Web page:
Pemptousia and OCN have entered a strategic partnership to bring Orthodoxy Worldwide. Greek philosophers from Ionia considered held that there were four elements or essences (ousies) in nature: earth, water, fire and air. Aristotle added ether to this foursome, which would make it the fifth (pempto) essence, pemptousia, or quintessence. The incarnation of God the Word found fertile ground in man’s proclivity to beauty, to goodness, to truth and to the eternal. Orthodoxy has not functioned as some religion or sect. It was not the movement of the human spirit towards God but the revelation of the true God, Jesus Christ, to man. A basic precept of Orthodoxy is that of the person – the personhood of God and of man. Orthodoxy is not a religious philosophy or way of thinking but revelation and life standing on the foundations of divine experience; it is the transcendence of the created and the intimacy of the Uncreated. Orthodox theology is drawn to genuine beauty; it is the theology of the One “fairer than the sons of men”. So in "Pemptousia", we just want to declare this "fifth essence", the divine beaut in our life. Please note, not all Pemptousia articles have bylines. If the author is known, he or she is listed in the article above.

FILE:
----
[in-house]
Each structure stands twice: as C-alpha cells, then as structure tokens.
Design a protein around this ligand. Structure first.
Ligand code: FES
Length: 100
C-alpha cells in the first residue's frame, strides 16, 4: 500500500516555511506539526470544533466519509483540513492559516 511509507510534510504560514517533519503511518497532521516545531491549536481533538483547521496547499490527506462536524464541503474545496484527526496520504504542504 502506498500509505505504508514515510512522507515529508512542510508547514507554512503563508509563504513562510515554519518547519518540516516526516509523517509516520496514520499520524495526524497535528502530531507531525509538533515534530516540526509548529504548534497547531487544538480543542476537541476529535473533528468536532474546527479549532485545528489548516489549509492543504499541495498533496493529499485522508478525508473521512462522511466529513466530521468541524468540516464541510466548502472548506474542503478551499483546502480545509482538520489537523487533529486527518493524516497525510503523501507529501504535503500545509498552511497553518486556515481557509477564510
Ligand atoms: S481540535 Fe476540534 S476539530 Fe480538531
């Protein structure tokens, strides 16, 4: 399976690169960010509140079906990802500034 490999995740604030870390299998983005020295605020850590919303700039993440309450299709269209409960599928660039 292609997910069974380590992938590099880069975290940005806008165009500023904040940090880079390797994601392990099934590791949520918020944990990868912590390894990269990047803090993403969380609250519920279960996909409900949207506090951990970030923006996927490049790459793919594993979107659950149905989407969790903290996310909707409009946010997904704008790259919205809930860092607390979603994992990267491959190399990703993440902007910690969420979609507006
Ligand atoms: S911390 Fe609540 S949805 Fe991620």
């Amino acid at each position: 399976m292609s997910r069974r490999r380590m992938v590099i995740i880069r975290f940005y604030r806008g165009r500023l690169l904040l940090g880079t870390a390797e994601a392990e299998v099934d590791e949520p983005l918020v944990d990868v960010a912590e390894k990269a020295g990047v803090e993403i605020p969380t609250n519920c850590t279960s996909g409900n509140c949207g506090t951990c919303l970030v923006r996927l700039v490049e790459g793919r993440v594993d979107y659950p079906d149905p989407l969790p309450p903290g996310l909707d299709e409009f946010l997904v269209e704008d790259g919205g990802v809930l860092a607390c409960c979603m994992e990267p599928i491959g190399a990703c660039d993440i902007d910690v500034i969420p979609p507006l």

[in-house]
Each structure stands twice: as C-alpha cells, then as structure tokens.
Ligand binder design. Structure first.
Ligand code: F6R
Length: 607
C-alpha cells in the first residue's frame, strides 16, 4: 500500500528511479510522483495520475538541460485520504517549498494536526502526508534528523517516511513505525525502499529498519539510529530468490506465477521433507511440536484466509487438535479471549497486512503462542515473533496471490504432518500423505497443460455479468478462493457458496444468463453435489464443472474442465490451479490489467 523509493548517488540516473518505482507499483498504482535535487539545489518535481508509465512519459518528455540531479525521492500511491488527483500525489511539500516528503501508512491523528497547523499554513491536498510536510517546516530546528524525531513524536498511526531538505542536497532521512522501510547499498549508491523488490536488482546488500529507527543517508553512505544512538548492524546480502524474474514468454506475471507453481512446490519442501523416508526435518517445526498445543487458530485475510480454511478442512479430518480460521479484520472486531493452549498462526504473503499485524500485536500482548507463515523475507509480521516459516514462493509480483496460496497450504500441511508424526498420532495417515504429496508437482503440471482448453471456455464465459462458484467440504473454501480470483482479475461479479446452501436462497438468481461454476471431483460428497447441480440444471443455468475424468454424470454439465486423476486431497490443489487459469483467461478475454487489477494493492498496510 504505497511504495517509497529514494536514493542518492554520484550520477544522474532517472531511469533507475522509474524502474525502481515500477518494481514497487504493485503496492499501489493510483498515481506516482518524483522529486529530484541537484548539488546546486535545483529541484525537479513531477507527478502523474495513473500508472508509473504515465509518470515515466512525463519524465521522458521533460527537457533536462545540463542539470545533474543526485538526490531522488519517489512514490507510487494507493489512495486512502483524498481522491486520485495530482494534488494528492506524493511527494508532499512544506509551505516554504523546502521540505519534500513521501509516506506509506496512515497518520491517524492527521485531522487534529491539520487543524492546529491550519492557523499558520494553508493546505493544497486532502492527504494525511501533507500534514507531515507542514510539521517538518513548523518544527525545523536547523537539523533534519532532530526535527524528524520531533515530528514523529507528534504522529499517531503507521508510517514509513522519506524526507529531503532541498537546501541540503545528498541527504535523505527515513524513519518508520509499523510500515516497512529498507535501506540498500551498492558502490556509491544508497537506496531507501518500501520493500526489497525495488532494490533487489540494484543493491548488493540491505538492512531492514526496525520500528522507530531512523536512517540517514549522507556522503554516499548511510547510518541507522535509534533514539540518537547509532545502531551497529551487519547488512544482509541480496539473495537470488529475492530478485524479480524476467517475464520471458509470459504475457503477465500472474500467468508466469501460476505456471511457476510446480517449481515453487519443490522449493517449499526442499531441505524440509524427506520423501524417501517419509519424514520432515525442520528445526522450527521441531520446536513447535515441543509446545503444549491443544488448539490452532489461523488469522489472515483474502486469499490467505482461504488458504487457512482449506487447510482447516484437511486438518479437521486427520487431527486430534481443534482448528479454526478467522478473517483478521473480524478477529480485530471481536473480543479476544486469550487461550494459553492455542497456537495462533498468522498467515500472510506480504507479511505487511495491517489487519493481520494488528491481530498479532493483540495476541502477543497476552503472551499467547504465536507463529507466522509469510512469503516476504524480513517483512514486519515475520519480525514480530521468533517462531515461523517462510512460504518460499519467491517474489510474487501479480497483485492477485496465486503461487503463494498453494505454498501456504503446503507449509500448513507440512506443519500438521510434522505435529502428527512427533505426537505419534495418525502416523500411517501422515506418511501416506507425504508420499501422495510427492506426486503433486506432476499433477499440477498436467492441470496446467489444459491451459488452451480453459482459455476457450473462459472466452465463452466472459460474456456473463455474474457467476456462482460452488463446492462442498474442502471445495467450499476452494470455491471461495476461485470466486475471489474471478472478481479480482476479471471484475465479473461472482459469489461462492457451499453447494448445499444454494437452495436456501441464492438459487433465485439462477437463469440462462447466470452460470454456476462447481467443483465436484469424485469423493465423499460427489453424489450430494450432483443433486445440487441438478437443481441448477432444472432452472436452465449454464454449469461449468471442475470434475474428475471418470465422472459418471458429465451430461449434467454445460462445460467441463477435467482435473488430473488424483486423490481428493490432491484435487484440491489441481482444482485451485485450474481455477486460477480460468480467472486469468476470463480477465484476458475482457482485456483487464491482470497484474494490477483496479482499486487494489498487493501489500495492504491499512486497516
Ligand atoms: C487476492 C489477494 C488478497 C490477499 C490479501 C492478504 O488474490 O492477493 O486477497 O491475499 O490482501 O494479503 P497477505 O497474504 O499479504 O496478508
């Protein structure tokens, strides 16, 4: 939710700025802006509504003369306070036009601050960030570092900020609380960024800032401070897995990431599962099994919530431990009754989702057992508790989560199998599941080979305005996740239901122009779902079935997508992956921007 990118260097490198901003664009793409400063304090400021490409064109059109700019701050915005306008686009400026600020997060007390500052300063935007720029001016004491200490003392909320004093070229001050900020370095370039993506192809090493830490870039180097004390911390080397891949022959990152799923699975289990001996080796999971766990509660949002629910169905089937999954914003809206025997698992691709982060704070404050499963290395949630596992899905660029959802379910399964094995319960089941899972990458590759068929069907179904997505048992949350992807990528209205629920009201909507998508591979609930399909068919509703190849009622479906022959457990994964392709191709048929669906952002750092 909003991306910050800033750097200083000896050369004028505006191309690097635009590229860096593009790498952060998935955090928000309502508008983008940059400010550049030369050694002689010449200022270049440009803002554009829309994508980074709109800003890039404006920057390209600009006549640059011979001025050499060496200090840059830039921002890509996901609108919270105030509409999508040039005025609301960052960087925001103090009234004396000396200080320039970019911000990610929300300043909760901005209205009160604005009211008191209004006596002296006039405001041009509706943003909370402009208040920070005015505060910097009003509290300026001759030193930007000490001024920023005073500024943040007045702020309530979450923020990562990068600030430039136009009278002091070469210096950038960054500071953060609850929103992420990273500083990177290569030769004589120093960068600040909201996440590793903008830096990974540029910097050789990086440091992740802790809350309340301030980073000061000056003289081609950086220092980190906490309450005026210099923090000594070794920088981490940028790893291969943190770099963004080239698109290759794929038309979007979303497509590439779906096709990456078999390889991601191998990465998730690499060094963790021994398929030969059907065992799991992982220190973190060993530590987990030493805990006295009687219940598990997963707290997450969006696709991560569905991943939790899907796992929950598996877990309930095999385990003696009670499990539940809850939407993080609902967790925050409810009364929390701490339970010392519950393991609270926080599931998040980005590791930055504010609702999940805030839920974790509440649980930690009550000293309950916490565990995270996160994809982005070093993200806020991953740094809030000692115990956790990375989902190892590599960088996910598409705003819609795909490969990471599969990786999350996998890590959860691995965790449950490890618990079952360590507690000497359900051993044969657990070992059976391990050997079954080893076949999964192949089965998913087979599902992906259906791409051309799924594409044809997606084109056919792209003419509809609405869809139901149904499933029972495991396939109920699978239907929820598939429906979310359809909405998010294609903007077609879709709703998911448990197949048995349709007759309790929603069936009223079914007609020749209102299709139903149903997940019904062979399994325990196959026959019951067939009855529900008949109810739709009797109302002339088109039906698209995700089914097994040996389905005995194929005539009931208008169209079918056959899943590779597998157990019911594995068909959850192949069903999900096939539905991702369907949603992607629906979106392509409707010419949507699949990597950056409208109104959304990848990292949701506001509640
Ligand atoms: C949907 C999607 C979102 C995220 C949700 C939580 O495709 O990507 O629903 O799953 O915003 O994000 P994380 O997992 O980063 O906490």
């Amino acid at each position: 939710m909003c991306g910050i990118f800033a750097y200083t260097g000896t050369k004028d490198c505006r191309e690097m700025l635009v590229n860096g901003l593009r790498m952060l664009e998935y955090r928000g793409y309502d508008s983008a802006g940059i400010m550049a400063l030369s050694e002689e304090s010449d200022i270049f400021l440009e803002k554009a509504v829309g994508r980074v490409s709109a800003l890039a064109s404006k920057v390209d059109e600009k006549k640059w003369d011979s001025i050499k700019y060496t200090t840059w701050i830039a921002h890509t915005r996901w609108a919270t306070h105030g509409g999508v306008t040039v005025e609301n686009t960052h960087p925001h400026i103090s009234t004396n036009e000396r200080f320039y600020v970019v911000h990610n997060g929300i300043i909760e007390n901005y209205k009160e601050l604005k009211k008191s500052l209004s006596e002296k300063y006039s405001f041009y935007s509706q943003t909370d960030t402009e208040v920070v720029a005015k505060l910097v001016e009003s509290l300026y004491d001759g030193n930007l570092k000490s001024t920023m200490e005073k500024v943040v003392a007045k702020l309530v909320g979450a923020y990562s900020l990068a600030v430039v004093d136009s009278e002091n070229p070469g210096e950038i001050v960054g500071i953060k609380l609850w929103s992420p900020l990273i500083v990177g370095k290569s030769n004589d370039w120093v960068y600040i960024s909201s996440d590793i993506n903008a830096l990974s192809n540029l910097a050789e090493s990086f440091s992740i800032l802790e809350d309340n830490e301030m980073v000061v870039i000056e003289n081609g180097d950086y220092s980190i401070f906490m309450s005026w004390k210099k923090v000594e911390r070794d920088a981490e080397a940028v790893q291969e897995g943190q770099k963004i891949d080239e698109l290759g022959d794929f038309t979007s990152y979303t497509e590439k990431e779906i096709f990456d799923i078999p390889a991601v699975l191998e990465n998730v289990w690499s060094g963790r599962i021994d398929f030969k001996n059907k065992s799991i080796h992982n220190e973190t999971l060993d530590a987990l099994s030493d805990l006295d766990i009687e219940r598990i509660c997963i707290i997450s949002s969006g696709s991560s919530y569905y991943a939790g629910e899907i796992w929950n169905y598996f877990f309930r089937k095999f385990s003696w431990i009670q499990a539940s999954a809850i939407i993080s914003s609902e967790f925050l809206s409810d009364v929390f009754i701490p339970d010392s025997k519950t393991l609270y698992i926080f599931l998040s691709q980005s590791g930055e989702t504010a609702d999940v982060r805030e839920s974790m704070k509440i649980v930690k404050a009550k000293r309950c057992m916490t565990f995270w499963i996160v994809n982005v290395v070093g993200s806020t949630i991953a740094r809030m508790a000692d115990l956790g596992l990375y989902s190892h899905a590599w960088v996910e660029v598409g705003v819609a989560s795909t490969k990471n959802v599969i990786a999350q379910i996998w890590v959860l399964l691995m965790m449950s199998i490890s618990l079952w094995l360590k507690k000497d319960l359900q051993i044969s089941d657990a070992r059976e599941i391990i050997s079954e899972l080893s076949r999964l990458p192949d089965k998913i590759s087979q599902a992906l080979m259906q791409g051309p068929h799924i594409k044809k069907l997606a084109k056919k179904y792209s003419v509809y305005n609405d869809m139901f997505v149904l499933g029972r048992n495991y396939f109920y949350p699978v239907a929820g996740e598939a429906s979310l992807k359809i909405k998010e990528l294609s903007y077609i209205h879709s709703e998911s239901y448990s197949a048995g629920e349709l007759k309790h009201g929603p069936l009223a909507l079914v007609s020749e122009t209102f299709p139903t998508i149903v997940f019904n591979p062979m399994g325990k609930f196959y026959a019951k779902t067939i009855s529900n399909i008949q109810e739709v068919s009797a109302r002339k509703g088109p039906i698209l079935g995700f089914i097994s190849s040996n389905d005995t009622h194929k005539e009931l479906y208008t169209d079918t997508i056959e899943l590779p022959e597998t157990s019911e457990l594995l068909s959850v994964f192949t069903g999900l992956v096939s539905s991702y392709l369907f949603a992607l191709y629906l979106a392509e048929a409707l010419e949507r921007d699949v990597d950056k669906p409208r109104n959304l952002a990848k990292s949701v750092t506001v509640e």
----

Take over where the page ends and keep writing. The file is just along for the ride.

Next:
With life changes so fast you probably may have even lost track of the days of the week, puzzled if it was Thursday or Friday, or what you had for dinner the night before. In August we celebrate 2 major feasts of the Orthodox Church calendar: the Transfiguration of Our Lord on Mt. Tabor (August 6) and the Dormition of the Virgin Mary (August 15).
Here’s a link to an insightful article on the Transfiguration of Our Lord from our partner Pemptousia to remind us of the importance of this feast. Below is a quote from the article.
At the Transfiguration, Christ did not assume something He didn’t have before, but revealed- in the measure that His disciples were able to receive it- the glory He had always had as God/Man. In other words, the glory the disciples saw on Mount Tabor was not a passing phenomenon, but the eternal light of the divine nature of Christ. This is what the hymnographer of our Church means when he wrote the troparion for the feast:
“You were transfigured on the Mountain, Christ our God, showing as much of Your glory to Your disciples as they were able to bear”.